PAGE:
The research project is being led by Geoffrey John Booth, the Youngblood Endowed Professor of Land Development in the College of Architecture at Texas A&M University. The research is being conducted by students in his fall Master of Science in Land Development class, a group that includes 40 graduate students and 26 undergraduates from architecture, business, agriculture, landscape architecture, planning, construction science and real estate disciplines.
The research is rooted in metrics associated with the “quadruple net bottom line” as articulated in my book, Urban Design and the Bottom Line: Optimizing the Return on Perception, which examines a variety of projects, such as Chicago’s Millennium Park and the San Antonio River Walk, to demonstrate impact on their communities and the landscape. The basis for measuring this added value is a four-category matrix that evaluates factors such as safety and security, public access, transportation choices and context sensitivity (social/cultural value); taxable value, adjacent property values and occupancy rates (economic value); permeable surfaces, storm water management and rainwater harvesting, carbon
footprint (environmental value); and green space, public art and water features (sensory or visual value).
The students are studying four projects designed by TBG Partners, a Texas-based landscape architecture and planning firm for which I serve as a principal, as well as the restoration of two historic Texas courthouses. The students are using Urban Design and the Bottom Line as their textbook to study the quadruple net value generated by these projects. They are measuring the economic, social/cultural, environmental and sensory value that the design of these projects has created — what we call “the design dividend.”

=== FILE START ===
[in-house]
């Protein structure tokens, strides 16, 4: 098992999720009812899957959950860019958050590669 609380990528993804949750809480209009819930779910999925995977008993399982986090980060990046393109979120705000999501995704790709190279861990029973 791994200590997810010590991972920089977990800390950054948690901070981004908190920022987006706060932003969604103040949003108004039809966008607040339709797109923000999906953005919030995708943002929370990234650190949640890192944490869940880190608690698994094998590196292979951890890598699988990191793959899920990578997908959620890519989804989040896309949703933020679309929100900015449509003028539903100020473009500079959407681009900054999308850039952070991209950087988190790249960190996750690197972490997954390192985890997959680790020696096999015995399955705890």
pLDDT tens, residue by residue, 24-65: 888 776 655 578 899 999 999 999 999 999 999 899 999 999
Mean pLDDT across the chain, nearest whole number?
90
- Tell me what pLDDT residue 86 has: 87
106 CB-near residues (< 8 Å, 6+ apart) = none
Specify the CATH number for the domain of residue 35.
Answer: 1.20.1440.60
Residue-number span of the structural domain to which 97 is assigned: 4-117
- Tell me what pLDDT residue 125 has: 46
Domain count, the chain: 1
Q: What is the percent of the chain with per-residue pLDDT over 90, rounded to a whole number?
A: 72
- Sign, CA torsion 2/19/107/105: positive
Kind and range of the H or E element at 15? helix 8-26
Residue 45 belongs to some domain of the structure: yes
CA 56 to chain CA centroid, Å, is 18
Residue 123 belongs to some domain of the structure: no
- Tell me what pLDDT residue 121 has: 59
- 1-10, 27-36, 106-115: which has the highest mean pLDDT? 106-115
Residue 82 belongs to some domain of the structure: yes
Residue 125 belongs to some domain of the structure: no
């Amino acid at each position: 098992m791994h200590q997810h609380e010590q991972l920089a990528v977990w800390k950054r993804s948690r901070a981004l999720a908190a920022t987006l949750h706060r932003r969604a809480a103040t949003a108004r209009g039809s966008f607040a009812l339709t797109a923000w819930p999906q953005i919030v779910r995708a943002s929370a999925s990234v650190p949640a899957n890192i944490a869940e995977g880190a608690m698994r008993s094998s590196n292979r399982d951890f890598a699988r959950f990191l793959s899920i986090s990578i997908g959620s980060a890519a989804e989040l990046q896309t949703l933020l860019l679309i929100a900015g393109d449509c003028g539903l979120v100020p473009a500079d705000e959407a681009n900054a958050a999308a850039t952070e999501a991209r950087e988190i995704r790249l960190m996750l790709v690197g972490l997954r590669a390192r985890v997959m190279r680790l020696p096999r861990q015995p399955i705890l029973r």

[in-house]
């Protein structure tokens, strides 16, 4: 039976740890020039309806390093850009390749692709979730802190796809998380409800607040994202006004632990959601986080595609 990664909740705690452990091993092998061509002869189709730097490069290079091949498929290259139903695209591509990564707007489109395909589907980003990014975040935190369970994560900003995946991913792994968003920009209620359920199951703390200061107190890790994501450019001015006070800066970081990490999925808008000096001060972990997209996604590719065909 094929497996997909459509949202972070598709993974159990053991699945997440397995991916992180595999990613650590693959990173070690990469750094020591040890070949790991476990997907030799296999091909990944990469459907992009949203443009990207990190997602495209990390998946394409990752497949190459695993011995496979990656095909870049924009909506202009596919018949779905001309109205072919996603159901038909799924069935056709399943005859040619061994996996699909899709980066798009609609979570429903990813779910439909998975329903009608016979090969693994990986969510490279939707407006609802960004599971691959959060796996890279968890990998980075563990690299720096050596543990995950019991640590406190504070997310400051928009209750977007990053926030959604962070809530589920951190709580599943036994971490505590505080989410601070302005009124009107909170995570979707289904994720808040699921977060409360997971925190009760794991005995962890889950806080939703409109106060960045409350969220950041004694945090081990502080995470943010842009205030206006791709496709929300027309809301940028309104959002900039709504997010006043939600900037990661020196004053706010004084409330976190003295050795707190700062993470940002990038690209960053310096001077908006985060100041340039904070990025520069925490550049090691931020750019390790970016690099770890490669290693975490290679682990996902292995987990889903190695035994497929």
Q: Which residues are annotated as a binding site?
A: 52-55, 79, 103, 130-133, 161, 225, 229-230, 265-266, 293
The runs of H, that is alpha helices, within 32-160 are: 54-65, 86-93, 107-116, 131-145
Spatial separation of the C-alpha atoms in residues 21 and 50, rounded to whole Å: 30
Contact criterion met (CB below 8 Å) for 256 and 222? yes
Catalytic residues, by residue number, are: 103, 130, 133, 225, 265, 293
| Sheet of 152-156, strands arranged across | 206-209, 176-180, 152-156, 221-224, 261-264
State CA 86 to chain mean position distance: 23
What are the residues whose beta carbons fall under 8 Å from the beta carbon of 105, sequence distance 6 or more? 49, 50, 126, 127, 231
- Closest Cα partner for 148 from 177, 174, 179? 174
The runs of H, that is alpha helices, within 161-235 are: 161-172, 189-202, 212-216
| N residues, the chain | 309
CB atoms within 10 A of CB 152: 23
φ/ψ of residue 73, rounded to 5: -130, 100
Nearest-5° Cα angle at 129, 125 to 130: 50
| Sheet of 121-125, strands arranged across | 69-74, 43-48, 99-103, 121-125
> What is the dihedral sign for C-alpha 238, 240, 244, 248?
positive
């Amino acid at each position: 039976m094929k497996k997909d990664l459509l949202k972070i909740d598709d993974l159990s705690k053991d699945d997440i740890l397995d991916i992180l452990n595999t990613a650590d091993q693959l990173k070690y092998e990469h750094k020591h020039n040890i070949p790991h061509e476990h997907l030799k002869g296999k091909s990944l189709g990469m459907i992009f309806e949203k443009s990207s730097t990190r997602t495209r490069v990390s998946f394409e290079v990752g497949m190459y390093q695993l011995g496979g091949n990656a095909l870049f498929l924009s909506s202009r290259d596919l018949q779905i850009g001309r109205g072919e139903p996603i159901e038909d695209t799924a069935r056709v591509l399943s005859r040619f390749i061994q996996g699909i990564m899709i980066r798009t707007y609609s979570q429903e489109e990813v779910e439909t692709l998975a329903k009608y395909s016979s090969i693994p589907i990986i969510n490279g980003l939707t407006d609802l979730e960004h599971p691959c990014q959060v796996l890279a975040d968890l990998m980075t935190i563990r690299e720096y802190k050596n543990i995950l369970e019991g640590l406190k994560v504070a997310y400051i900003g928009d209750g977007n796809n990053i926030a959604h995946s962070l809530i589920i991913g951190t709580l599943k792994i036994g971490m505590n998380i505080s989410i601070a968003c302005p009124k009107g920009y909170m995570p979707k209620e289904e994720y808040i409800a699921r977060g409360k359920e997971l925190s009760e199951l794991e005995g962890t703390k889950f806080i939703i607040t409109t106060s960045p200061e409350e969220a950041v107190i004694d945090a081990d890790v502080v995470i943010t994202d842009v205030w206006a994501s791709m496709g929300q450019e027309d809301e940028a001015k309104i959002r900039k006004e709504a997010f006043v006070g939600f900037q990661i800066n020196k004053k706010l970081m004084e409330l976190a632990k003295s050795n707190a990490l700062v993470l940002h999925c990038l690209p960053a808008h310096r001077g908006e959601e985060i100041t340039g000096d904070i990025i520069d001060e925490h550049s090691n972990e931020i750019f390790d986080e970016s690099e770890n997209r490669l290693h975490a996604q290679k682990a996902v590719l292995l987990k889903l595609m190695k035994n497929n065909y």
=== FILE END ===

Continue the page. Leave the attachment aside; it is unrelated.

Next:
The projects include Town Lake Park, a large urban park in downtown Austin; Market Street at The Woodlands, a mixed-use town center north of Houston; the Dallas Design District, an area encompassing more than 160 acres of city blocks, open space and Trinity River frontage in north Texas; and the University of St. Thomas campus life mall, a university commons in the heart of this Houston-based campus.
In addition, the students are studying restorations of the 1884-built Lampasas County Courthouse and 1889-built Wharton County Courthouse. They are gathering data/metrics from a variety of sources in each category to identify the measurable quadruple net impact of each design on the landscape and larger community. The Texas Historical Commission will use the data to evaluate the impact of investments in courthouse renovations on the downtown districts in these county seats.
This research is a pilot program to develop a database of projects and value metrics that demonstrate project performance and real estate value uplift. We plan to share our findings with the Landscape Architecture Foundation to add case studies and methods for quantifying landscape performance benefits to the Landscape Performance Series.
Urban Design and the Bottom Line: Optimizing the Return on Perception was published by the Urban Land Institute in December 2008. Dennis Jerke’s background as a landscape architect includes managing the design of more than 300 significant projects across the Southwest. The book combines his passion for communicating the value that landscape architecture generates in Urban America with his 32 years of experience in adding design value in the urban built environment.